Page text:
Prince Ogidikpe as Executive Vice President

By Daisy Figueroa |Staff Writer|

At the age of only 18, Prince Ogidikpe is voted ASI’s new Executive Vice President.

Originally from Nigeria, Prince moved to the U.S. in 2010 to live with his mother and obtain his education.

He was able to graduate high school at 14 and started college early.

As a fourth-year biology major, he aspires to attend medical school one day and obtain his Ph. D.

Ogidikpe said his main goal in life is to help people.

“It just really dawned on me that whatever change I want to see happen, I have to make it happen myself,” said Ogidikpe.

Although it was a difficult process, this experience has inspired him to look into politics later in life, and to see how he can truly help people and make a difference.

“It was a long and hectic process,” he admitted.

“Every candidate was amazing, everyone had really great plans for the school and they offered different contributions.”

He confessed that he had thoughts about not turning in the application for candidacy.

Ultimately, he had decided that he had to deliver on what he promised himself he would do.

He thought to himself, “my little brother will be proud of me if I do this, so I need to do this.”

Once he was given the permission to begin campaigning, Ogidikpe started to think about what he needed as a student, what some of his friends needed, and what their friends needed.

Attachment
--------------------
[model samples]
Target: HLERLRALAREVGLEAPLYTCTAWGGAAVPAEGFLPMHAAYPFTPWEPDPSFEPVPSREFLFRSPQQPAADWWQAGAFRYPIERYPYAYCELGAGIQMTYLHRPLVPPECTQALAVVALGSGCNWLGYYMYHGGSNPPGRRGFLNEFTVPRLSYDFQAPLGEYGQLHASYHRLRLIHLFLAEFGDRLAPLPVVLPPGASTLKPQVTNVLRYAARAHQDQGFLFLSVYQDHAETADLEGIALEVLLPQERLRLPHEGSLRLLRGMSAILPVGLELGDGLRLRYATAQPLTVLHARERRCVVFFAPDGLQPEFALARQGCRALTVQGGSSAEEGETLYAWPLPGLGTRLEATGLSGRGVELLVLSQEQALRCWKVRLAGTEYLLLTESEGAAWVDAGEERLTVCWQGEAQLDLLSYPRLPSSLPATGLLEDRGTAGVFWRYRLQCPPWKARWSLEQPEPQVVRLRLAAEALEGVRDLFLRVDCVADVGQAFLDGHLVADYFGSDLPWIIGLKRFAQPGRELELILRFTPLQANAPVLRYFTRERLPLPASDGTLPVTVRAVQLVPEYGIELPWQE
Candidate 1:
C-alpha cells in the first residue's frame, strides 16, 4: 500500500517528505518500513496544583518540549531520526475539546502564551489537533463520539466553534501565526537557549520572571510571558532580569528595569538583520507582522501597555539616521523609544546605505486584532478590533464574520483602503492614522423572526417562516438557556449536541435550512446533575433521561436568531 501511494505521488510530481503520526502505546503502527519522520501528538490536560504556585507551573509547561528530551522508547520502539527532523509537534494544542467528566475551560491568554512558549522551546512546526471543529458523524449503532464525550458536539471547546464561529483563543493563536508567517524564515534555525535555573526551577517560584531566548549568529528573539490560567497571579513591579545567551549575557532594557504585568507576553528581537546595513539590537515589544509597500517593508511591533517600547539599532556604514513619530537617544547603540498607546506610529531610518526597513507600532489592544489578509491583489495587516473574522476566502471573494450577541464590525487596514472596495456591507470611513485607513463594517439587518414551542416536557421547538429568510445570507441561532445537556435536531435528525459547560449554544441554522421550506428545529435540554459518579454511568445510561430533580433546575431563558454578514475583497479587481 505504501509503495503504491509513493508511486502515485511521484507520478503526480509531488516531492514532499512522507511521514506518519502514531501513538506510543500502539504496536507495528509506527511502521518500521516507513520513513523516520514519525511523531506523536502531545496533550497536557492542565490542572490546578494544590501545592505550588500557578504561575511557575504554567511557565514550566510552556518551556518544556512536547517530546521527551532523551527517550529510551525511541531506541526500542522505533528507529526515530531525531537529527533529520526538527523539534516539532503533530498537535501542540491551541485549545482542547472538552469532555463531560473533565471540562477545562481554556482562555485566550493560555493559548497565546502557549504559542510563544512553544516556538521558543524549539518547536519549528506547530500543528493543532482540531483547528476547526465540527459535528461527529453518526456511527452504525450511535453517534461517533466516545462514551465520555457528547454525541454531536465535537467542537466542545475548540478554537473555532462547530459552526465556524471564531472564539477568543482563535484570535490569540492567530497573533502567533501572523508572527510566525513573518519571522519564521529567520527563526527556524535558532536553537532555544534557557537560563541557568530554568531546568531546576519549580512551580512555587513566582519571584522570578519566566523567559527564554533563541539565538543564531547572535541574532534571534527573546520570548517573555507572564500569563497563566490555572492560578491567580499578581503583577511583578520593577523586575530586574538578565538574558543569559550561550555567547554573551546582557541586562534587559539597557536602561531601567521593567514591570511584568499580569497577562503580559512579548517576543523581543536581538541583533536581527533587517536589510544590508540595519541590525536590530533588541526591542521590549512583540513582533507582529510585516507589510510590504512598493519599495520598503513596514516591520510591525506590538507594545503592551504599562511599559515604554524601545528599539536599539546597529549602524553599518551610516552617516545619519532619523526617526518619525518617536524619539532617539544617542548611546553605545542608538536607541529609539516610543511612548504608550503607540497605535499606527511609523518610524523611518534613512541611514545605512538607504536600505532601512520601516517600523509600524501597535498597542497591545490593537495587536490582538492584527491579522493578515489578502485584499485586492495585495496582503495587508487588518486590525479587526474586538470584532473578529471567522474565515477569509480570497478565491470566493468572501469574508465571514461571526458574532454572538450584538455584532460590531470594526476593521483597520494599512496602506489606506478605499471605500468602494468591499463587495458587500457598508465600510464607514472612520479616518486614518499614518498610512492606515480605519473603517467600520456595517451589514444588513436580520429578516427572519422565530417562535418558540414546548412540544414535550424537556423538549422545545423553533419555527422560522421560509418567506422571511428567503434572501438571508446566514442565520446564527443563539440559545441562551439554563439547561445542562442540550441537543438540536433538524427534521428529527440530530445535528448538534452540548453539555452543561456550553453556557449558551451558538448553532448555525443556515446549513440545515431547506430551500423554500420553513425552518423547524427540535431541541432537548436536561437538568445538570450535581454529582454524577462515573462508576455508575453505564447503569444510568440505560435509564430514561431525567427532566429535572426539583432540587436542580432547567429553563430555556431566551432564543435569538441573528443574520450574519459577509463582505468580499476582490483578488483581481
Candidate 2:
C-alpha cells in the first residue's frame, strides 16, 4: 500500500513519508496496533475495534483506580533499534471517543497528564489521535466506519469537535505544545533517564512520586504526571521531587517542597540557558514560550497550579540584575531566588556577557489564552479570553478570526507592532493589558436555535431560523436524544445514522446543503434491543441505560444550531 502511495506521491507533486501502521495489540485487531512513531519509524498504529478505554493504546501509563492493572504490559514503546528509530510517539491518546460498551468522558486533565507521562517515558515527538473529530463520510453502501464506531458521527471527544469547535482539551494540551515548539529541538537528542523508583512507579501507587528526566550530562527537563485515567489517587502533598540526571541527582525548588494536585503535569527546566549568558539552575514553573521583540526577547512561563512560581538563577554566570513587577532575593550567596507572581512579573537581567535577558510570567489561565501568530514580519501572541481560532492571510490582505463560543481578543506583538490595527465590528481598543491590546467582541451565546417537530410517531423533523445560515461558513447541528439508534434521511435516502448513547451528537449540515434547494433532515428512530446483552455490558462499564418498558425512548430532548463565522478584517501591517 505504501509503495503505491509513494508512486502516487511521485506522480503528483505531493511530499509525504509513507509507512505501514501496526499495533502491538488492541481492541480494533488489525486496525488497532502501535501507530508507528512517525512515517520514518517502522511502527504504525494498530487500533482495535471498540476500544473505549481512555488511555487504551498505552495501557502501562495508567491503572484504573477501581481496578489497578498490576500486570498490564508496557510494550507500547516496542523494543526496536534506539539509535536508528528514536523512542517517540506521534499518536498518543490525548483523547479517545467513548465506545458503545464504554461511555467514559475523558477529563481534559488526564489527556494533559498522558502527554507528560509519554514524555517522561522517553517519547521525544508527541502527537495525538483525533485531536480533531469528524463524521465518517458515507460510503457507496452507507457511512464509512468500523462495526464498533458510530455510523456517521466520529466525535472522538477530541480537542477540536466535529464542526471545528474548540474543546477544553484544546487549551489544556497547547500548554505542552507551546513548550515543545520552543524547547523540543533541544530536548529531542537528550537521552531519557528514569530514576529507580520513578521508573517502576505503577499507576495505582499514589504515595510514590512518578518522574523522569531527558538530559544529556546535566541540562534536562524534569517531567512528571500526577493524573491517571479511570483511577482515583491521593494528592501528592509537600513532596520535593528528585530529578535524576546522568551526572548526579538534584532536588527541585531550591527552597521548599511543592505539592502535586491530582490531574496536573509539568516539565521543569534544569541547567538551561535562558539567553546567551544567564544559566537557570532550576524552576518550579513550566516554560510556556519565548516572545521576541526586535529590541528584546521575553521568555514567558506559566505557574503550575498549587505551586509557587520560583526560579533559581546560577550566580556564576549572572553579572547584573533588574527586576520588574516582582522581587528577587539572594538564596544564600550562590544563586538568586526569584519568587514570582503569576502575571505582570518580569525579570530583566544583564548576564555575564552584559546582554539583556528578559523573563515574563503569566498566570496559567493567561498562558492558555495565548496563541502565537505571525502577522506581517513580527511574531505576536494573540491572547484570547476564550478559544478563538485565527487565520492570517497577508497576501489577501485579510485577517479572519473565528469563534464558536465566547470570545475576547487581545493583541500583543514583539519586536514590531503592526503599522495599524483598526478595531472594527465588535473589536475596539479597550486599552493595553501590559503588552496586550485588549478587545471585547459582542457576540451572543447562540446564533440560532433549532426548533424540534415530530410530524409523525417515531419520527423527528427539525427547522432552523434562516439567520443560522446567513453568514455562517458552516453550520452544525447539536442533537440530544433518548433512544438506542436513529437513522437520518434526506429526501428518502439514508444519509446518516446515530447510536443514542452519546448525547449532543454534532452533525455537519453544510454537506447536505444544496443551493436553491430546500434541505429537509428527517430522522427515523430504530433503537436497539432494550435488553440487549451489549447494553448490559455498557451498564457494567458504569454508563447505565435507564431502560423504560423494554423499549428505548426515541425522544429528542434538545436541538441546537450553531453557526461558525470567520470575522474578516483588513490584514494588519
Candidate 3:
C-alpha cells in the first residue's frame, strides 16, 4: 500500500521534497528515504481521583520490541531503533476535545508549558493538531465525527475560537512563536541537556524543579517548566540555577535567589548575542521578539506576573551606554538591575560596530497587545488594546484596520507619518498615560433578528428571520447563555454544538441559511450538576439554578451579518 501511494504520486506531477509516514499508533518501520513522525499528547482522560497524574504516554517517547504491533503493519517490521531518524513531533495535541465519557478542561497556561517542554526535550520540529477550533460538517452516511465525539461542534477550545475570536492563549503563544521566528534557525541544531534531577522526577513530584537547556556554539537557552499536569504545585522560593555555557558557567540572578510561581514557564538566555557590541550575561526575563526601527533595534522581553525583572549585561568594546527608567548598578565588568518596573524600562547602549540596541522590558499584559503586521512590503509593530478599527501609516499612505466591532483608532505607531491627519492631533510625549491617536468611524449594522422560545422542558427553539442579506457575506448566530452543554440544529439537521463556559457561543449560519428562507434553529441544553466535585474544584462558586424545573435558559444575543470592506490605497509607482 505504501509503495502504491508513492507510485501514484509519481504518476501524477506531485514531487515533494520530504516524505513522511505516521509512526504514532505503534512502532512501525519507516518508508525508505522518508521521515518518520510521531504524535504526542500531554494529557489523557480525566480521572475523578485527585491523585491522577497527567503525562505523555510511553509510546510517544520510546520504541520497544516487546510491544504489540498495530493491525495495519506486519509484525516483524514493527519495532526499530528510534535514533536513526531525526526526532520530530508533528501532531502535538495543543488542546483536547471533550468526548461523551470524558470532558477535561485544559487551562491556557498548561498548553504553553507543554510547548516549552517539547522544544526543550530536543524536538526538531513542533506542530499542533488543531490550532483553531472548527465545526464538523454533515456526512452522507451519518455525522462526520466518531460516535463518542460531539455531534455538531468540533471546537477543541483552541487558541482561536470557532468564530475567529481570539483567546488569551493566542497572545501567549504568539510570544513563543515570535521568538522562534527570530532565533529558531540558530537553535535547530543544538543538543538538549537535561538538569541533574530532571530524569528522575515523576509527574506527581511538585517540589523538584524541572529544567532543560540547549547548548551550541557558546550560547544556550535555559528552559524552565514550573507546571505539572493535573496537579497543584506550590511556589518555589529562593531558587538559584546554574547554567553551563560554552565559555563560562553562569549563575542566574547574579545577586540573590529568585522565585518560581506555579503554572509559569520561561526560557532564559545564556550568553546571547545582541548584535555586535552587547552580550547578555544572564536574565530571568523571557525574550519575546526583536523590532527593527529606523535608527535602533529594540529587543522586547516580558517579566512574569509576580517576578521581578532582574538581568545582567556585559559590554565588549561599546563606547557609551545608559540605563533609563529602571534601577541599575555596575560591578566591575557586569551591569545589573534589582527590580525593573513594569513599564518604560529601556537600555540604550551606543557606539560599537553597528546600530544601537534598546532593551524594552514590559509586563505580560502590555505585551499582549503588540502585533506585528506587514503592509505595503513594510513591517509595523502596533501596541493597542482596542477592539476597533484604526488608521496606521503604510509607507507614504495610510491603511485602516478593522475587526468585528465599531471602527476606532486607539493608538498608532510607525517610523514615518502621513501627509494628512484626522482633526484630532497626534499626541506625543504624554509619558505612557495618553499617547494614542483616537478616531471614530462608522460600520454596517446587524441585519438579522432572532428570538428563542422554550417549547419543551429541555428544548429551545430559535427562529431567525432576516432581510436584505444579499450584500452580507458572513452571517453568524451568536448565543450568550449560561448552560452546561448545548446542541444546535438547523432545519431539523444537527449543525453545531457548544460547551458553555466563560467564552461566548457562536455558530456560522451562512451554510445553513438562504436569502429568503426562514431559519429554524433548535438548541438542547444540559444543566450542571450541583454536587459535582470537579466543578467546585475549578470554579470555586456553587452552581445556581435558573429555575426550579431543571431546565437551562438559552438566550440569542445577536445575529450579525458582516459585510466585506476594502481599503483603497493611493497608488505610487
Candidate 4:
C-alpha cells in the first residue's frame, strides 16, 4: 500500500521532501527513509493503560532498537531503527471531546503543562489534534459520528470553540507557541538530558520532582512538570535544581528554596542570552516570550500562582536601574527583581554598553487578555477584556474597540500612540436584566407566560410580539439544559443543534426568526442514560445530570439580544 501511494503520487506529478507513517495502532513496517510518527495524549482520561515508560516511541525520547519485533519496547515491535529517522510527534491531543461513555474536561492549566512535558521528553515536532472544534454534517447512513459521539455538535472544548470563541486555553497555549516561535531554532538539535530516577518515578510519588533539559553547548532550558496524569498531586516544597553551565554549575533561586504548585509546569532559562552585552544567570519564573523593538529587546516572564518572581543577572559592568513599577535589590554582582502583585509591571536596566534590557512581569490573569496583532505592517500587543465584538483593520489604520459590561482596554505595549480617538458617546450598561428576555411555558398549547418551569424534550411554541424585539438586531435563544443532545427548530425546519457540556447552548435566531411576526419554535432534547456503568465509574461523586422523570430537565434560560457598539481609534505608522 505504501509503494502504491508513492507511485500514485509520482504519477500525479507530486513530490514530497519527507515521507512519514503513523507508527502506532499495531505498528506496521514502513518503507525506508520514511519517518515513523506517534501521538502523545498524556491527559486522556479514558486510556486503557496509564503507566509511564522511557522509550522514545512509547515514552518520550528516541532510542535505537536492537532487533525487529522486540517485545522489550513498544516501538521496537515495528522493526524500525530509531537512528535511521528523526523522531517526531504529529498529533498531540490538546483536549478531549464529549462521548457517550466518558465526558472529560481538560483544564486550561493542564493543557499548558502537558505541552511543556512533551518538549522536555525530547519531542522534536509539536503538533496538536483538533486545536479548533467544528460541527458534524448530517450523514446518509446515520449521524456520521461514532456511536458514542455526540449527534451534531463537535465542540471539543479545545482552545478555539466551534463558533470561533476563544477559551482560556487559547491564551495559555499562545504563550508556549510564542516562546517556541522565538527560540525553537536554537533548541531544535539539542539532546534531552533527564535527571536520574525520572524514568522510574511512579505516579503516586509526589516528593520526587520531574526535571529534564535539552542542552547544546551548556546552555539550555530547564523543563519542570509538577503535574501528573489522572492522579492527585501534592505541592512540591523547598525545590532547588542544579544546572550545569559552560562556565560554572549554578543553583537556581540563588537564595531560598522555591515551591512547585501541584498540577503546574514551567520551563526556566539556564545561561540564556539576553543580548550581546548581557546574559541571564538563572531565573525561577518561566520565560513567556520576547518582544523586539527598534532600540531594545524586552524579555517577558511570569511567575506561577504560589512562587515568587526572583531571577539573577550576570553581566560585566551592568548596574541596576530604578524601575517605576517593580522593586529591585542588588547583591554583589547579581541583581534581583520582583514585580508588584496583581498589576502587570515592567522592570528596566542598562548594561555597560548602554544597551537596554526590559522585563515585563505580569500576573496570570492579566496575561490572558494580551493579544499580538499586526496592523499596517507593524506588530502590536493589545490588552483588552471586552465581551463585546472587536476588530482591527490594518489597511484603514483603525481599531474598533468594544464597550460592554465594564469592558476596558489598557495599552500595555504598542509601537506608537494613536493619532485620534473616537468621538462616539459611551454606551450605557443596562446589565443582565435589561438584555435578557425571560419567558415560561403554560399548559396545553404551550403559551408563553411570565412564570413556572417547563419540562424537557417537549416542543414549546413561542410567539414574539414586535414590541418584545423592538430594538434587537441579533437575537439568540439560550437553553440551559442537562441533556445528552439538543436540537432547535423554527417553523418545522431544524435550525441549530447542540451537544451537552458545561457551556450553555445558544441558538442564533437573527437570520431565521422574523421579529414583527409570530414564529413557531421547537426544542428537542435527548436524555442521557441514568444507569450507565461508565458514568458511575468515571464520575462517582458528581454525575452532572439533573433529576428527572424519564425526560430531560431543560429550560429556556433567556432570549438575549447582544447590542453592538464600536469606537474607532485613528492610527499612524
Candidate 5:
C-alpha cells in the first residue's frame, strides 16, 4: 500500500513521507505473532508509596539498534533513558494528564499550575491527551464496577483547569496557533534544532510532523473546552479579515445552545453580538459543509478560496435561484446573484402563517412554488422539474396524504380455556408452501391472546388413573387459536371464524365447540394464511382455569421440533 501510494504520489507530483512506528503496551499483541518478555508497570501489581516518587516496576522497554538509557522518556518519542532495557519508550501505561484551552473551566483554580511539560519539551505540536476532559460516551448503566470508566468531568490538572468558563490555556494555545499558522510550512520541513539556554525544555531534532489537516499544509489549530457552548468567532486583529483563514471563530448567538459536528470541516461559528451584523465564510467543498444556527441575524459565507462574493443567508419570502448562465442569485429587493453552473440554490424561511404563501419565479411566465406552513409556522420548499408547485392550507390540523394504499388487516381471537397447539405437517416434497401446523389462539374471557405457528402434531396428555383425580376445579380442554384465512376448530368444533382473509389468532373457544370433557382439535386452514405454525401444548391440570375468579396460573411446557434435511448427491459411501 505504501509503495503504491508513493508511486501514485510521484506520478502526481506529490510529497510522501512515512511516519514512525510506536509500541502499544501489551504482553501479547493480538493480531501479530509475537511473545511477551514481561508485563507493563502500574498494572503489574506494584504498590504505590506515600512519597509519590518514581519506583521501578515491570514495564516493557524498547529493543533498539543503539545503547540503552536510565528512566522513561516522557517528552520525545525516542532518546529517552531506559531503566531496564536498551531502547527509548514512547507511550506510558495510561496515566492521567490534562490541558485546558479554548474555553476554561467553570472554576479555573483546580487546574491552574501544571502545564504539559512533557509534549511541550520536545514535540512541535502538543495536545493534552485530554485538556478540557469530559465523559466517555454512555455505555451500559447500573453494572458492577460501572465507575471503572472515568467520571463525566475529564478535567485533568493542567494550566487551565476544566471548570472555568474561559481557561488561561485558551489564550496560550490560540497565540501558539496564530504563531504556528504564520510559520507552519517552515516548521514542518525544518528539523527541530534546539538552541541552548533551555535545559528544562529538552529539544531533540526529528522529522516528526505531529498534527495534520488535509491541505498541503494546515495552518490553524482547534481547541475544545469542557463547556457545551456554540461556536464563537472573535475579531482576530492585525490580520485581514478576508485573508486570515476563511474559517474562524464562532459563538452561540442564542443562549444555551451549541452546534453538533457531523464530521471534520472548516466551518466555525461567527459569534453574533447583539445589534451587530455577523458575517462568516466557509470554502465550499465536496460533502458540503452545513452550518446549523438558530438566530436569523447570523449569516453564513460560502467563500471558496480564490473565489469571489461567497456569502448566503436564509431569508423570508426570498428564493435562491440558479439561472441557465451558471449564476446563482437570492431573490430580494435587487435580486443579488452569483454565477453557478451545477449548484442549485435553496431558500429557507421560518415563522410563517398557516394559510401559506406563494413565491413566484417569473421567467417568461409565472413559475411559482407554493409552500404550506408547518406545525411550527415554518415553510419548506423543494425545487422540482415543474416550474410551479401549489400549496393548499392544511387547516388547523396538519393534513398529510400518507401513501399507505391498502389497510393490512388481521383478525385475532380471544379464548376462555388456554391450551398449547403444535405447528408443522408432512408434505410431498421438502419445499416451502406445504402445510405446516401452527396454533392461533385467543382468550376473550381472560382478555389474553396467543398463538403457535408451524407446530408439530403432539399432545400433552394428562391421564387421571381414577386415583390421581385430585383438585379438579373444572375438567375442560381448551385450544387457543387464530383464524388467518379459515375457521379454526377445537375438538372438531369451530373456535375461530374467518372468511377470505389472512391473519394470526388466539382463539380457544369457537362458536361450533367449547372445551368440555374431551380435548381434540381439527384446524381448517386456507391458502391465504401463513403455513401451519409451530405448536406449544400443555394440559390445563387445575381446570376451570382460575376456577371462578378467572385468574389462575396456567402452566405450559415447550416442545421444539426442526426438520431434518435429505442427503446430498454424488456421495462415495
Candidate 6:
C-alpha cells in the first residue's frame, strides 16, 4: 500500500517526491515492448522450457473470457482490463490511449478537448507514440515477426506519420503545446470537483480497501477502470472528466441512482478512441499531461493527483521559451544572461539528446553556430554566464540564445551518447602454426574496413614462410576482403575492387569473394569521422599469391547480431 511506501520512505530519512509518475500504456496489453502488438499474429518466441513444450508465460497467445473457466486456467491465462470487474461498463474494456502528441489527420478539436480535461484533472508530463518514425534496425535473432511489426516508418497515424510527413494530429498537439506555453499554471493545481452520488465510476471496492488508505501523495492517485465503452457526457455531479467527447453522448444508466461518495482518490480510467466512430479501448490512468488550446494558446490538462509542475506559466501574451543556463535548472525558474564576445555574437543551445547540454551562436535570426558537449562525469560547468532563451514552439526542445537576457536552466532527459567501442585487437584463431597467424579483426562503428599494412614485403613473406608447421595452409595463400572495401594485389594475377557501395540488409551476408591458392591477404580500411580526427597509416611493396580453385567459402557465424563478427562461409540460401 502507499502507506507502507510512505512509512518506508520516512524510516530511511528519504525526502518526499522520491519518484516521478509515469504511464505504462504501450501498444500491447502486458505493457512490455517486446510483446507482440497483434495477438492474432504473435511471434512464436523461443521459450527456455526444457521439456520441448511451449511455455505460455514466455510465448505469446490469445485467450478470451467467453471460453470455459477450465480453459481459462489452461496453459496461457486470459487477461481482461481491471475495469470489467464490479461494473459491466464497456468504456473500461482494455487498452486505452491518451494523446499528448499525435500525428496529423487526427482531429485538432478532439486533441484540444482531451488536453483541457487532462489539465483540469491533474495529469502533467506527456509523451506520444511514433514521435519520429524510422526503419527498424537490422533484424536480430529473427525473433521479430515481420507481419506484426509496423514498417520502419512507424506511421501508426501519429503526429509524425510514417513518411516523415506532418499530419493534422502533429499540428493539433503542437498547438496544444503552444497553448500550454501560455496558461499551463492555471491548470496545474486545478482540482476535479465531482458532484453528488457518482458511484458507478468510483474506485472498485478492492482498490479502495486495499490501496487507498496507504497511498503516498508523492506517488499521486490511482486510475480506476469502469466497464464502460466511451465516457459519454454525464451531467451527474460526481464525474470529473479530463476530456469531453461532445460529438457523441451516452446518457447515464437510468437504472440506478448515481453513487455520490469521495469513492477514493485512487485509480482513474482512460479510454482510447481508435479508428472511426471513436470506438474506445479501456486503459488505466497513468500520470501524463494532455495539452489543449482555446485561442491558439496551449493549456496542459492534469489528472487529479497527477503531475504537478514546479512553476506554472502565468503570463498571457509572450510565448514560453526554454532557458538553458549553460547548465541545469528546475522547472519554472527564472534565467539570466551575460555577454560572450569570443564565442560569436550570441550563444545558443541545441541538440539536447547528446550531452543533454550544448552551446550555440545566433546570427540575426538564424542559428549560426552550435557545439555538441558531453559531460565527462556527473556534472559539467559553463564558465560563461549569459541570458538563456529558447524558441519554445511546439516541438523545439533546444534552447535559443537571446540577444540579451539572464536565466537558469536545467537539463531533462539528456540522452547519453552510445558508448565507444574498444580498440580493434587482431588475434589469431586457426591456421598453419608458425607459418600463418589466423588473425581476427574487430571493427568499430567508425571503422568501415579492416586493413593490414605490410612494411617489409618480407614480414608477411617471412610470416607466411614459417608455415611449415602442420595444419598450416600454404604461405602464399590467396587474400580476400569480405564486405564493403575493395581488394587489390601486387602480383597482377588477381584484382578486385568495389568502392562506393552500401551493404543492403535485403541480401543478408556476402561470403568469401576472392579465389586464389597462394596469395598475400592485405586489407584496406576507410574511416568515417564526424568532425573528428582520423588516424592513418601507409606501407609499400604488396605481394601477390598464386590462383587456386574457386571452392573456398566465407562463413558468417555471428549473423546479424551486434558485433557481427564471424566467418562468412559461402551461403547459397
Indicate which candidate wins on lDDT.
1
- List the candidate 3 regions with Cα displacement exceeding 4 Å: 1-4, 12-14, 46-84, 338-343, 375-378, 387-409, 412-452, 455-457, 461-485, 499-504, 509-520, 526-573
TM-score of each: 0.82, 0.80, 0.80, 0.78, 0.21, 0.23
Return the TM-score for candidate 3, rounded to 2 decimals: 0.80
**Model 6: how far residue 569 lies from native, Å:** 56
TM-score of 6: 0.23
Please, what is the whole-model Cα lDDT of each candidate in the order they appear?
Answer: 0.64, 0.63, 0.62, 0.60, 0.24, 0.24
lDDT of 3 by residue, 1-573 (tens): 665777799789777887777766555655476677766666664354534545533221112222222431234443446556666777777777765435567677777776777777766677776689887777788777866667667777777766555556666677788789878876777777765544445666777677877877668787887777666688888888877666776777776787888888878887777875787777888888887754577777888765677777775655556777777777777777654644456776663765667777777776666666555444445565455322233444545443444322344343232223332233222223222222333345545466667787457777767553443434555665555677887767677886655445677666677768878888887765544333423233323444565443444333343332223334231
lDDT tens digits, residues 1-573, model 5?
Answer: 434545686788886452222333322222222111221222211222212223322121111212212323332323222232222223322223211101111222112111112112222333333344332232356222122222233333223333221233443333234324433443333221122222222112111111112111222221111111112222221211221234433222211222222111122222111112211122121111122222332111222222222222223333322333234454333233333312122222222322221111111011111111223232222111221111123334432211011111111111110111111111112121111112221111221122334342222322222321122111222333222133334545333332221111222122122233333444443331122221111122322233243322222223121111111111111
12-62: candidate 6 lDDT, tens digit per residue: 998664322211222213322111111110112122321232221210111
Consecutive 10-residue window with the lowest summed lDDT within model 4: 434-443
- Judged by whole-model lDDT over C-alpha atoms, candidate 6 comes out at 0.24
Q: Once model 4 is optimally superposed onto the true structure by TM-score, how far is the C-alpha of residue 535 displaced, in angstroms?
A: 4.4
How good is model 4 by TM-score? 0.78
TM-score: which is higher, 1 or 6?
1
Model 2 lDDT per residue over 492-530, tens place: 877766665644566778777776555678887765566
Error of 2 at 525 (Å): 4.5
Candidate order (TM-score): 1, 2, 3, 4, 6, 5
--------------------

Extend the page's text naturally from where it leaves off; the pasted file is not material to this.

“We’re all connected in that way, in what we need as students,” he said.
Safety on campus is one of Ogidikpe’s main concerns. He wants to find different ways to make students feel safer.

One idea he has is for the school to provide a ride-sharing service for those students who do not have a means of transportation and whose homes are not convenient through bus routes.

He also plans to be transparent with students, about the 5 percent increase, plans of expansion on the

Santos Manuel Student Union, and anything else they have questions about.

“Students should know that their money is going to a good place. This is all for current and future students’ benefit,” he said.

“We’re a part of a big change.”

As a message to his fellow Coyotes, he said, “I want to tell you all that I know life may be hard sometimes, maybe midterms are weighing you down, but just know that there’s always somebody on campus here to help you. That’s Coyote culture.”


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